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Originally published: September 6, 2017
This article is part of the Investor Office series of discussions with people whose work impacts or is of interest to investors. The views expressed in this article are entirely those of Carlie Weinreb and are not intended to represent the views of the Investor Office or the Ontario Securities CommissionOntario Securities Commission An independent Crown corporation that is responsible for regulating the capital markets in Ontario. Its mandate is to provide protection to investors from unfair, improper or fraudulent practices, to foster fair and efficient capital markets and confidence in capital markets, and to contribute to the stability of the financial system and the reduction of systemic…+ read full definition.
It’s back-to-school season once again, a good time for investors to hit the books and brush up on their investing know-how. The Investor Office regularly sits down for interviews with people in the financial industry whose work impacts investors to help educate people on their roles and the work that they do. This back-to-school week we’re doing it a bit differently. This week, we’d like to introduce you to one of the financial literacy leaders of tomorrow, 9-year-old Carlie Weinreb.
Carlie Weinreb has become a symbol of the importance of financial literacy as she educates students and others on money and taxTax A fee the government charges on income, property, and sales. The money goes to finance government programs and other costs.+ read full definition topics. She has her own website at carlieweinreb.weebly.com and has been featured in many Canadian and US media outlets (including the CBC, CTV, the Toronto Star and Bloomberg TV). Carlie’s website contains links to all of her interviews.
Carlie’s father, Lorne, is a chartered accountant who taught her math at a young age. As Carlie says, “I had an early interest in math but then I became interested in learning more about tax returns, RRSPs, TFSAs, and my own bank deposits and withdrawals.”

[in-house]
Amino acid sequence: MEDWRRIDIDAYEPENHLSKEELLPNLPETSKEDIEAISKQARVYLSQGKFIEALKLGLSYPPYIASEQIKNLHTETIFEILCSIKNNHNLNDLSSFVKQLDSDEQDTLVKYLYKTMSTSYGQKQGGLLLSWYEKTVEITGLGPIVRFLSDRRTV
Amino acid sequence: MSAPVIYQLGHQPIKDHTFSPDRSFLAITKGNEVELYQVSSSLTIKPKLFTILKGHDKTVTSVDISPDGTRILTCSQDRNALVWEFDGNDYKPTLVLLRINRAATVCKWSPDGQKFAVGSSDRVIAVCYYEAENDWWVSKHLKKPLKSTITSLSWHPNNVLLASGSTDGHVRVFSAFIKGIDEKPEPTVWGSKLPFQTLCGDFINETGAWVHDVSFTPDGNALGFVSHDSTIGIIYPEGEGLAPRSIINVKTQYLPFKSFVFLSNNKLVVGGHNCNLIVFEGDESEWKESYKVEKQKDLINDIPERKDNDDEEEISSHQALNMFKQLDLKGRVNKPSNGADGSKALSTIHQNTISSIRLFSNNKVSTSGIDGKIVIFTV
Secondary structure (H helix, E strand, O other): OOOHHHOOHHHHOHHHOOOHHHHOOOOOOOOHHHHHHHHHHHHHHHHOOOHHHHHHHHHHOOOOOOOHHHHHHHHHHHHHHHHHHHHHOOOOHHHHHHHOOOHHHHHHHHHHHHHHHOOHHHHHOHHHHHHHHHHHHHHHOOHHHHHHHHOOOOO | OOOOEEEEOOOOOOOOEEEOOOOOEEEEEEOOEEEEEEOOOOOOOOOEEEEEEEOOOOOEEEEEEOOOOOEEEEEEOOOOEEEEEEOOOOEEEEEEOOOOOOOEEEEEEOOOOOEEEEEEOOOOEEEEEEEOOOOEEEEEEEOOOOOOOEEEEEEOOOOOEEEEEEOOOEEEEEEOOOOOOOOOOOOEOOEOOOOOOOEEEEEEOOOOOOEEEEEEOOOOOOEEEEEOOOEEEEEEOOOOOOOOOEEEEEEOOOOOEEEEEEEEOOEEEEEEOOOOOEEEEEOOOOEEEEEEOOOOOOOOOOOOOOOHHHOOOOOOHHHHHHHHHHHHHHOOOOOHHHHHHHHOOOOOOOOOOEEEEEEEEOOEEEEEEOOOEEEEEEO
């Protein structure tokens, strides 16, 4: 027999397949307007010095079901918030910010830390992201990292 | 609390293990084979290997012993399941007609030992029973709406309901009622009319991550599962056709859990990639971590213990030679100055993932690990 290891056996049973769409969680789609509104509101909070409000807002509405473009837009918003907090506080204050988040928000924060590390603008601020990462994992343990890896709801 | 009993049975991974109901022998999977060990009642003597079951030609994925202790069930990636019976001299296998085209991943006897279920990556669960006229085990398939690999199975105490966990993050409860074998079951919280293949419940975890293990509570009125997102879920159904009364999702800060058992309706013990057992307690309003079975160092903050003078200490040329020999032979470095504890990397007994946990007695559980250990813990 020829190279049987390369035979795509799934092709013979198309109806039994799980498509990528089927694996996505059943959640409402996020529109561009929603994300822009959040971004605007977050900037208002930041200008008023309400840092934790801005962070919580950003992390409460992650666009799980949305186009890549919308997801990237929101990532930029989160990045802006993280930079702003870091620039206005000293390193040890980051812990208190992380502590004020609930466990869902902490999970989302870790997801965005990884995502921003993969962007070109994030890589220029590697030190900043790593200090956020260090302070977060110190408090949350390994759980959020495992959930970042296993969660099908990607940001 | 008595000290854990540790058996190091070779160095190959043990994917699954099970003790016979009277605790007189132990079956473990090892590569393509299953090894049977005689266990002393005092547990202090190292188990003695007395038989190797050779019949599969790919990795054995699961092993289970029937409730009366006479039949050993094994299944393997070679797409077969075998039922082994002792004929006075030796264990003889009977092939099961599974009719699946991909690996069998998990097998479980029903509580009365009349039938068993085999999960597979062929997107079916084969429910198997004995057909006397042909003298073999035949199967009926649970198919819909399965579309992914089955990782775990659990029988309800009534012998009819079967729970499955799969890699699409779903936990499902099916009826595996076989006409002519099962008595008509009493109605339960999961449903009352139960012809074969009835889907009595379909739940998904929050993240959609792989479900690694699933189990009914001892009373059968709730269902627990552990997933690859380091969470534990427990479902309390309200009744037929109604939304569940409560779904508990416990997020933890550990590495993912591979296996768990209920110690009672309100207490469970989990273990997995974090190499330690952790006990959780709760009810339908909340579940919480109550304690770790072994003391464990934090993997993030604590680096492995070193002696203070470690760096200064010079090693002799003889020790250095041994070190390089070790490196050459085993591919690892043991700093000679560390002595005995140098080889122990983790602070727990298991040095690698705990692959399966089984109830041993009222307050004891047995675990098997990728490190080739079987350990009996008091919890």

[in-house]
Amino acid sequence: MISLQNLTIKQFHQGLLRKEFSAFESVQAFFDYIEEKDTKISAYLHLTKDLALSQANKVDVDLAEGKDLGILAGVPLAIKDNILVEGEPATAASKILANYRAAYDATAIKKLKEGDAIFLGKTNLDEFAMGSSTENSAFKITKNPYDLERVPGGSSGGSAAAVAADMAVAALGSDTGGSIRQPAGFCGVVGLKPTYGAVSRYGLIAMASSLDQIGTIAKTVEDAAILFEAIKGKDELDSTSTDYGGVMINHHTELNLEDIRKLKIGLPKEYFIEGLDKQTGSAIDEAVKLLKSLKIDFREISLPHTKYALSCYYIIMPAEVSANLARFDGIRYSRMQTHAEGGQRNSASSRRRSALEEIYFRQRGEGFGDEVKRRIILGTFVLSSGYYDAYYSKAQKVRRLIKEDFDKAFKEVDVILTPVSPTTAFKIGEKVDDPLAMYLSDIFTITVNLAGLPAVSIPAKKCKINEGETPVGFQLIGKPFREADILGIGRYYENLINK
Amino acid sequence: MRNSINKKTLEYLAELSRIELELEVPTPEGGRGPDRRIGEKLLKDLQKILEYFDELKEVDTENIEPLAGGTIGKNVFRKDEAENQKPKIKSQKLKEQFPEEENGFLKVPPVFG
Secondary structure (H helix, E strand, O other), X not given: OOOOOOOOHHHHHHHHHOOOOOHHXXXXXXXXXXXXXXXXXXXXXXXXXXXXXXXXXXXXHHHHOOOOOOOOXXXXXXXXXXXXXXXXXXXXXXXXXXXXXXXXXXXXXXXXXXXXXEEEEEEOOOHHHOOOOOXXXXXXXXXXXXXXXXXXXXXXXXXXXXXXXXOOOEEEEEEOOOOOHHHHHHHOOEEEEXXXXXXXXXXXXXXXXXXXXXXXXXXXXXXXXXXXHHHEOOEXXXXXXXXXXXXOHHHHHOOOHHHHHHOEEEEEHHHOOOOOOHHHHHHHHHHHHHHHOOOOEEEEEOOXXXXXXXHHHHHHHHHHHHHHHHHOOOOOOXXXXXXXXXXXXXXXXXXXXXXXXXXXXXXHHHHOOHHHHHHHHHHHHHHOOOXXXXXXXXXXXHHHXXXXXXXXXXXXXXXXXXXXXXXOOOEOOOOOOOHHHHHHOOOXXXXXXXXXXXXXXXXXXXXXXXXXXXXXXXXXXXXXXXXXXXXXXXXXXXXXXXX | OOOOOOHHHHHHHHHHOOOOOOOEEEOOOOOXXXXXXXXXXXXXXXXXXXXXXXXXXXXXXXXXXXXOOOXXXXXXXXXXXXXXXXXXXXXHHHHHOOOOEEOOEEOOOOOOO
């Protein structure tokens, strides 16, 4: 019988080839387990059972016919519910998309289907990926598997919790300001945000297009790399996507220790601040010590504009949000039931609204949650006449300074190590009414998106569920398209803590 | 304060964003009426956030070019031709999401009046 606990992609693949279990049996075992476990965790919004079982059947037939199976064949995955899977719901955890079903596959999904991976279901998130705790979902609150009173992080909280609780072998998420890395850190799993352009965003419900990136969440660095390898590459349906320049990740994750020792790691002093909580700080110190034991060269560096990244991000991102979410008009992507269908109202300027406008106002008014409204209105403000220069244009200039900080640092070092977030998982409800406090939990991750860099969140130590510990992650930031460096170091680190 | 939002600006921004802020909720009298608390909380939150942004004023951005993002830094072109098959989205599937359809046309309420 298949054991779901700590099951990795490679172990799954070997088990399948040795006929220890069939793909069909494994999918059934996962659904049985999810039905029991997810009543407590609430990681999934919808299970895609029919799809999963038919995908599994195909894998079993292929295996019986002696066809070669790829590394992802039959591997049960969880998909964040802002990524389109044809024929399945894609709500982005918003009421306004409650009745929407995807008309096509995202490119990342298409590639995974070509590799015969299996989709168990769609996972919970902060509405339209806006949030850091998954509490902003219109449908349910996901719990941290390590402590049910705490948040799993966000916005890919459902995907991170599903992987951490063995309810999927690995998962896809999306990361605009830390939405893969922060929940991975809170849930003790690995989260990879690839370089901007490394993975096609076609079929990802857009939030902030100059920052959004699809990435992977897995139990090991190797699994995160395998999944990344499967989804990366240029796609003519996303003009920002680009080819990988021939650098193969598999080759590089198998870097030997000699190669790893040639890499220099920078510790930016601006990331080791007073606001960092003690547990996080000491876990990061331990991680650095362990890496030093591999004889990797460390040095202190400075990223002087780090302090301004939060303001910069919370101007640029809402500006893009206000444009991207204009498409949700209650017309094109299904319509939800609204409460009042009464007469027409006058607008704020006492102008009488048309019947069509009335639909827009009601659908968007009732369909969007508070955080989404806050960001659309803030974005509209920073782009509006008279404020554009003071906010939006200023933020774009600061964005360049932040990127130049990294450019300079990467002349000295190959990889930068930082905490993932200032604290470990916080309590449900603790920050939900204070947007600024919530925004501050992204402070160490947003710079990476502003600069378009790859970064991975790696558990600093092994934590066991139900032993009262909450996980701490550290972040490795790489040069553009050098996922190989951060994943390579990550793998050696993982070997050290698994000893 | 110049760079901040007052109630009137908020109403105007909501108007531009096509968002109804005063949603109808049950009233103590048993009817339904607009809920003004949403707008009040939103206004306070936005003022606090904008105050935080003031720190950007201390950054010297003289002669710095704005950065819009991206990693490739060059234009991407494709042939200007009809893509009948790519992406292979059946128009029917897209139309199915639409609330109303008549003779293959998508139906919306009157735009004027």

Asked why she wants people to learn about personal finance, Carlie says “it’s important because it helps us with everyday money decisions. You have to know when to use cash or a debit or credit card. You also have to know when to spend and when to investInvest To use money for the purpose of making more money by making an investment. Often involves risk.+ read full definition.”
For example, Carlie says “I notice my parents sometimes using cash instead of debit to avoid extra bank fees. If they use a credit card, they always make sure to pay it before the due date. Compound interest on credit card balances becomes bigger and bigger like a rolling snowball. Pay your credit cards before the interest kicks in.”
What else interests Carlie? She says that “budgeting and investing are other important subjects. My dad once gave me 5 dollars. I had the choice of spending all of it at the dollar store or only spending some of it and saving the rest with my dad. If I saved some, he would pay me interest. I wanted art supplies and junk food. But I also wanted the extra interest payment from my dad. I learned to spend my money wisely and only buy things I actually needed.”
In speaking with Carlie, we were also curious what topics she liked speaking about the most. “My favourite topics are tax and investing,” said Carlie. “I don’t mind talking about RRSP versus TFSA but it does take a long time to explain and I find using examples is the easiest way to explain the difference.”
We’re sure you’ll hear more from Carlie in the future about the importance of financial education. For more information about Carlie and her work, visit carlieweinreb.weebly.com. GetSmarterAboutMoney.ca also has additional tips for investors this back-to-school season.